Travel Photography: Landscapes, Aerials, and Skylines

 

Lesson Info

Location Assessment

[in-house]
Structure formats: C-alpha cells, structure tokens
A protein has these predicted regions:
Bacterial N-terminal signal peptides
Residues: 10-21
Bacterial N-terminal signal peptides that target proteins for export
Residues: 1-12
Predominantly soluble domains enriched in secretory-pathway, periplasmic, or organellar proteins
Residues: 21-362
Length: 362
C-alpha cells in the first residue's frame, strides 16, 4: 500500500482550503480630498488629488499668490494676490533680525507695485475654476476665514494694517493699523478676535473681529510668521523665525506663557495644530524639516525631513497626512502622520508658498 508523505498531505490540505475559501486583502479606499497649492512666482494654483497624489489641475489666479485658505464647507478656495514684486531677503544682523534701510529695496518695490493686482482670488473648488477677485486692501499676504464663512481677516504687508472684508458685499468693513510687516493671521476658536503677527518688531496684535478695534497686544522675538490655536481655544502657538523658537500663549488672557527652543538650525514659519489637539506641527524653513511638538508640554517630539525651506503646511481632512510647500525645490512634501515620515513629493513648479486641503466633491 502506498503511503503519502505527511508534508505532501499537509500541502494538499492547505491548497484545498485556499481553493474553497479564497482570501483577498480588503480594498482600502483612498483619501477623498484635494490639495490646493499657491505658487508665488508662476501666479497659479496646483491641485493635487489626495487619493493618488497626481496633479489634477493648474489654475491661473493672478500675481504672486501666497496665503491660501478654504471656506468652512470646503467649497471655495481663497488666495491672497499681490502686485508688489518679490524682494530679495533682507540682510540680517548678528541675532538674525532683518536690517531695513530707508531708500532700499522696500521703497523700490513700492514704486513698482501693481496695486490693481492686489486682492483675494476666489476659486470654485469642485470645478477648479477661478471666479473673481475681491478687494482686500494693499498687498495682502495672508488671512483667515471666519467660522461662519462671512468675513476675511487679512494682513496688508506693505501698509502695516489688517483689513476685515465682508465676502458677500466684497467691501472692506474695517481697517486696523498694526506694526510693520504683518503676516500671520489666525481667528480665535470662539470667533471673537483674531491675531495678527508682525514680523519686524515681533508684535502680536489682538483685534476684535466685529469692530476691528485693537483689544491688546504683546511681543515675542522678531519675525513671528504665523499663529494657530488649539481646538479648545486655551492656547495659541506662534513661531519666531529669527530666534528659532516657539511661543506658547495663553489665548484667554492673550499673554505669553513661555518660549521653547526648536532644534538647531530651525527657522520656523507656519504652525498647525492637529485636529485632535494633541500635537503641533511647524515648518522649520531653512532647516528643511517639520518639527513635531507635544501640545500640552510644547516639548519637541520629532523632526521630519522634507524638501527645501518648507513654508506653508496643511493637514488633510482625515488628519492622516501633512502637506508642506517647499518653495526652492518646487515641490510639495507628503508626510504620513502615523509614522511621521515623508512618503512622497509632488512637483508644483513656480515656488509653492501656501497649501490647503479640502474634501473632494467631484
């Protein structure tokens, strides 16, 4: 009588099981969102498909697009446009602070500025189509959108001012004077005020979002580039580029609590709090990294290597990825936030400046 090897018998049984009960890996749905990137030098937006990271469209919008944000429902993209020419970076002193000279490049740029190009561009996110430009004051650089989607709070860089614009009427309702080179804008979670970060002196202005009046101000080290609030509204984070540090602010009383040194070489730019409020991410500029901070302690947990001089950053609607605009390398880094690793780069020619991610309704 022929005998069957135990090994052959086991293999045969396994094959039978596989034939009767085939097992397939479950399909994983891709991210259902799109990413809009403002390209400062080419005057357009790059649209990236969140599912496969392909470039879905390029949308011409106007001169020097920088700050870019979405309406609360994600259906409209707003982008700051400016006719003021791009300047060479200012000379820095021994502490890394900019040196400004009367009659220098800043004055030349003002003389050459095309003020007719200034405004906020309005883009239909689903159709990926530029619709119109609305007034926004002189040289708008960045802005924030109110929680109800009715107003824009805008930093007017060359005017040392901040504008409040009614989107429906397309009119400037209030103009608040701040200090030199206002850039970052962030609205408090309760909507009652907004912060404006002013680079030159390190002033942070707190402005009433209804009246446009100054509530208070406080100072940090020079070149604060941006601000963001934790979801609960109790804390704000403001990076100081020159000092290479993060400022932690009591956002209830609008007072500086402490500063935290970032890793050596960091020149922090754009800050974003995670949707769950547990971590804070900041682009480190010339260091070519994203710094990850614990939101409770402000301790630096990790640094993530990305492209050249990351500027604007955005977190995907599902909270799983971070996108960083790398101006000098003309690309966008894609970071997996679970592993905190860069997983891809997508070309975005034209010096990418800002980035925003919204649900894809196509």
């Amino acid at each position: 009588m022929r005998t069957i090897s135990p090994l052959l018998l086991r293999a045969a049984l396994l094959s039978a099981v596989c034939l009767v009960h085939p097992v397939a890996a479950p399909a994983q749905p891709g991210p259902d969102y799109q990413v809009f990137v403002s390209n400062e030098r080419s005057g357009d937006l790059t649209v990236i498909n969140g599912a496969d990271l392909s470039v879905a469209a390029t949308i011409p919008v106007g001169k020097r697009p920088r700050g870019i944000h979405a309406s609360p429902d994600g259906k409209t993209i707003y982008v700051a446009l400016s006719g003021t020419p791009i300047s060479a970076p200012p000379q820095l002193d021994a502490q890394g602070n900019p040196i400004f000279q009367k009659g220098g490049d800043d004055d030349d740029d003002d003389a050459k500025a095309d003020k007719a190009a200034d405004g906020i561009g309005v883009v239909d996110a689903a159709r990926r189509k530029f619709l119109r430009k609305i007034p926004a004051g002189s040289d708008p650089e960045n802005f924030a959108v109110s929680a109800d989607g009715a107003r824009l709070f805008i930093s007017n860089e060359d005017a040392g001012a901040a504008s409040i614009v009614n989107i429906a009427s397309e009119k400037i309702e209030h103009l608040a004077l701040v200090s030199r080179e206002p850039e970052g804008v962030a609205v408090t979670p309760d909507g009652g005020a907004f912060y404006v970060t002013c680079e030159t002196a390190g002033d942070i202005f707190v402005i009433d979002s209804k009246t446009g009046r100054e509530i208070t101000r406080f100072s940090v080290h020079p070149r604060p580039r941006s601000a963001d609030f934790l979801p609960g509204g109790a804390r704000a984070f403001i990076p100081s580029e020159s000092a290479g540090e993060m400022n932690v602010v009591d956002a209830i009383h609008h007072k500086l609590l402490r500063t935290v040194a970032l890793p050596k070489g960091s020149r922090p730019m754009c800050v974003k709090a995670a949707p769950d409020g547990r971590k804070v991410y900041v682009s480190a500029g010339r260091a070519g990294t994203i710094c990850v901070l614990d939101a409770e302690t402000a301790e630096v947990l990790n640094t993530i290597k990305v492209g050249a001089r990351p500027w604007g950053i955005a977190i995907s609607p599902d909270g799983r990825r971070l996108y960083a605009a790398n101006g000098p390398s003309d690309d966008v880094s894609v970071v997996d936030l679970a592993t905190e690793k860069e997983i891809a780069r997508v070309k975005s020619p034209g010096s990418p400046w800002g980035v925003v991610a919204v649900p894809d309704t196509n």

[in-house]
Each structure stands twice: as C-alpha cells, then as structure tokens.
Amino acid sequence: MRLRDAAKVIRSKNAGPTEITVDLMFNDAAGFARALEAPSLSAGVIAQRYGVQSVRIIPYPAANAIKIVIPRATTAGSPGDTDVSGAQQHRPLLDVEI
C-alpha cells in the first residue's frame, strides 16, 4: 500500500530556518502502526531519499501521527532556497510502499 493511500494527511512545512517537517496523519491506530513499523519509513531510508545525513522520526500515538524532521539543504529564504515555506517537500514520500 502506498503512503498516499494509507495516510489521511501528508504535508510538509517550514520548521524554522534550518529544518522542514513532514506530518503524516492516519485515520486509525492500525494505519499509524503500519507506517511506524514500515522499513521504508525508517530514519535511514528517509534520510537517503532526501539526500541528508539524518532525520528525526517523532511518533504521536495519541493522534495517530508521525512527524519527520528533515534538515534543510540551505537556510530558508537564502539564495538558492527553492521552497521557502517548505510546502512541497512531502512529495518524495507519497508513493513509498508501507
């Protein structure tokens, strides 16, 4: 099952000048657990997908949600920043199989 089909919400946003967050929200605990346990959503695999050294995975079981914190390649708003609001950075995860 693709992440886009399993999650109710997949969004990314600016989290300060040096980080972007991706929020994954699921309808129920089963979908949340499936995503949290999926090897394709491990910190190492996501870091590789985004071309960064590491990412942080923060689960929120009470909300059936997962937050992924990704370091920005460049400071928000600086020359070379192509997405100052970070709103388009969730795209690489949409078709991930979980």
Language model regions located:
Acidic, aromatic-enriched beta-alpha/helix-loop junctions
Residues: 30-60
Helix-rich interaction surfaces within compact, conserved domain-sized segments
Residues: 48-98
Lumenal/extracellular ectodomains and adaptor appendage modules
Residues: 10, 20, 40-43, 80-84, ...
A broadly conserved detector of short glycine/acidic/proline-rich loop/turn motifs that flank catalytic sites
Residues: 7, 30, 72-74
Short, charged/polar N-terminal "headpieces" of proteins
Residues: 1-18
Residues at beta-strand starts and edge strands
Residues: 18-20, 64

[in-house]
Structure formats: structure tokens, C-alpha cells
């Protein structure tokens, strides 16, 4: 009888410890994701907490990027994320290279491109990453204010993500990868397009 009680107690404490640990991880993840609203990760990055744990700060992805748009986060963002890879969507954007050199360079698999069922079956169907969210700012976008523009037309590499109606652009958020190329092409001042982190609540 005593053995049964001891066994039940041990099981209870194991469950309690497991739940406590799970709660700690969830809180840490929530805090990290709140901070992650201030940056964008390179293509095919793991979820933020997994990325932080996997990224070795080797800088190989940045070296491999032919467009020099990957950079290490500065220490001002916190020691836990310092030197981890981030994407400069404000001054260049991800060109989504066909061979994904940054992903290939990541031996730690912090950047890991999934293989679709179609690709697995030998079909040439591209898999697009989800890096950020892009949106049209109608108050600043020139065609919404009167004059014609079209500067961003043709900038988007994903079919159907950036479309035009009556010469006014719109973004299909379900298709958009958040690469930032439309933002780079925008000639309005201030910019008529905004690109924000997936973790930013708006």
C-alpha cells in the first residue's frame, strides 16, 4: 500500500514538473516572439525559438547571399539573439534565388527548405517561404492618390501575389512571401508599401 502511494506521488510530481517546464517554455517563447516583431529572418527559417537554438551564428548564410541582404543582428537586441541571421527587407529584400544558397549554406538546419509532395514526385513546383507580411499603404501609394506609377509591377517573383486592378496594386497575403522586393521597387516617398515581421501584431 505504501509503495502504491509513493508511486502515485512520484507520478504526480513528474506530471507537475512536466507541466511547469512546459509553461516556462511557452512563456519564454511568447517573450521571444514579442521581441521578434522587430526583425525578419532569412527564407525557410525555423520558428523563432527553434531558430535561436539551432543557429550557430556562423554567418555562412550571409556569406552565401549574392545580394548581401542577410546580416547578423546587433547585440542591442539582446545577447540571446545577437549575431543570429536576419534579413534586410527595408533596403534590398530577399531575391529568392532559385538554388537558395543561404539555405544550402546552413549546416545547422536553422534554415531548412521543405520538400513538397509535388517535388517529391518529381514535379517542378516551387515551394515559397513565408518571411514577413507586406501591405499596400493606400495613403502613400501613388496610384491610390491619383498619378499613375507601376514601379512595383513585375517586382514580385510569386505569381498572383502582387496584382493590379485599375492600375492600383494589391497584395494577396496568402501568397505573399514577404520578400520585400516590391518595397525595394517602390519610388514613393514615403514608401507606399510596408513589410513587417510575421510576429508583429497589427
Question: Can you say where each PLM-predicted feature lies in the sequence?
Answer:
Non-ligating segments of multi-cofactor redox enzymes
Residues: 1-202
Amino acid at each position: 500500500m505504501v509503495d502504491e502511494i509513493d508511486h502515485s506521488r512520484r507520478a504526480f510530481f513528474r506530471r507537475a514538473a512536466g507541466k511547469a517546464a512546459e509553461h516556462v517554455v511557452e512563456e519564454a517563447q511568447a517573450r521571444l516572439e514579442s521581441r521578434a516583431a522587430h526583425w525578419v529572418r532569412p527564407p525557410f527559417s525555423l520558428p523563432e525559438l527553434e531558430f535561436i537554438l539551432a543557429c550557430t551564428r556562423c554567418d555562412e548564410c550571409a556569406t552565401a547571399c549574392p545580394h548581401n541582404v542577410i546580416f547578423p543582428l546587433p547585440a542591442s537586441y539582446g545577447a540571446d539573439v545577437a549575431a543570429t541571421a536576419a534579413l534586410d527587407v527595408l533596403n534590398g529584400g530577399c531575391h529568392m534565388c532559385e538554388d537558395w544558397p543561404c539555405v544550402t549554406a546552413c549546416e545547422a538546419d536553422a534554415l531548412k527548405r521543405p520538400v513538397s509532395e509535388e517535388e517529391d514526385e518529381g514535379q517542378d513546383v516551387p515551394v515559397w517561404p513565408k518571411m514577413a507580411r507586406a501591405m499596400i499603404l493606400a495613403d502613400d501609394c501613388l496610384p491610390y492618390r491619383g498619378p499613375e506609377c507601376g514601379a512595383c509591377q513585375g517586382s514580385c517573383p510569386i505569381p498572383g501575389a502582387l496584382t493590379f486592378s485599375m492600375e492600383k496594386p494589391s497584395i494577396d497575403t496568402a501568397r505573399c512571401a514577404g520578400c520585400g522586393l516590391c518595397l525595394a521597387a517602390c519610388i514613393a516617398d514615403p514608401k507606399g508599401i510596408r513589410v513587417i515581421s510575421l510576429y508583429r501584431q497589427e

Location assessment is very, very key, in understanding how you're going to build it out. The Leaning Tower of Pisa's a great example. You want to pay attention to where you set-up and make sure you scout the location. Become familiar with everything. I don't just go up and say, okay, here's the shot, and then leave. Walk around the perimeter, walk around the edges. Work your way all the way through. And this is something we talk a lot about in the bootcamp, in North Cascades National Park, that we just did. A 20-day bootcamp. (laughs) There's a whole section on just location scouting. It's not the mosquito section, that everybody seems to talk about. But pay attention to where you set-up, be sure to scout. Make sure you know where you are, make sure you're not in private property. Work the scene. Especially with your wide-angle shots, you can really make the wide-angle stuff work really well for you. I think that, any lens, but I usually, almost always go out with a 16-35mm lens for m...